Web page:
Gem Education


Brazil, Afghanistan, Burma, India, Kenya, Mozambique, Pakistan, Nigeria, Sri Lanka, Russia, Tanzania and United States
Pink, Red, Brown, Orange, Purple, Yellow, Green, Blue, Bi-Color, Multi-Color and Colorless
Elbaite and Various Species
Refractive Index:
1.624 to 1.644
0.018 to 0.040
Specific Gravity:
7 to 7.5 on Mohs Scale
Birthstone Month:
Anniversary Year:


For centuries tourmalines have adorned the jewels of royalty. The Empress Dowager Tz'u Hsi, the last empress of China, valued the rich pink colors above all other gemstones. The people of ancient Ceylon called tourmaline "turmali," the Sinhalese word for "more colors." Perhaps this is why ancient mystics believed tourmaline could encourage artistic intuition: it has the palette to express every mood.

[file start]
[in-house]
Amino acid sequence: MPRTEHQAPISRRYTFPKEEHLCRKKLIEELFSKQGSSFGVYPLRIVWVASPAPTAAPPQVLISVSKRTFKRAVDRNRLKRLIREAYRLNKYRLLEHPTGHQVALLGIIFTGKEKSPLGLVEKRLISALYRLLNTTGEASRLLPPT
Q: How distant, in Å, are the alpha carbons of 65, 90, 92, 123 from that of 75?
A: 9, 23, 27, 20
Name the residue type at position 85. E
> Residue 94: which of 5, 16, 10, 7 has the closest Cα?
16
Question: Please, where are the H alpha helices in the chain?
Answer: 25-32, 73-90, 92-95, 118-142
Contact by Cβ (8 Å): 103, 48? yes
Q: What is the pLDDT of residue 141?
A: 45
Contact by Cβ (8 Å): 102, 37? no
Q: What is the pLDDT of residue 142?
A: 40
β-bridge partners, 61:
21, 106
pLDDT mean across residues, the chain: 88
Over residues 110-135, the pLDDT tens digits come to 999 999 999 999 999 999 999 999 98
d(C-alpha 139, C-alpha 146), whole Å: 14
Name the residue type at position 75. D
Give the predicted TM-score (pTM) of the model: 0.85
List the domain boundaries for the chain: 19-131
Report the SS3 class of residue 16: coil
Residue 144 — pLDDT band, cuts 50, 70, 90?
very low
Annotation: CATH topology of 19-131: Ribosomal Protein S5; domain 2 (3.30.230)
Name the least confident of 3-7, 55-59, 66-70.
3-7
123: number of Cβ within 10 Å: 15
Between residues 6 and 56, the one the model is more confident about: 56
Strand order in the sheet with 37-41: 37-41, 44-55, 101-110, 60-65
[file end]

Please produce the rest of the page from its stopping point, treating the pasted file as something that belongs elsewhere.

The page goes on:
Vivid reds, hot pinks, verdant greens and blues abound in this marvelous gem variety. Earth tones as varied as a prairie sunset are readily available. Not only does tourmaline occur in a spectacular range of colors, but it also combines those colors in a single gemstone called "bi-color" or "parti-color" tourmaline. One color combination with a pink center and a green outer rim is called "watermelon" tourmaline, and is cut in thin slices similar to its namesake.

Dark blue, blue-green, and green tourmalines are occasionally heated to lighten their color. Red tourmalines, also known as rubellites, and pink varieties are sometimes heated or irradiated to improve their colors. Heat and irradiation color enhancement of tourmalines is permanent.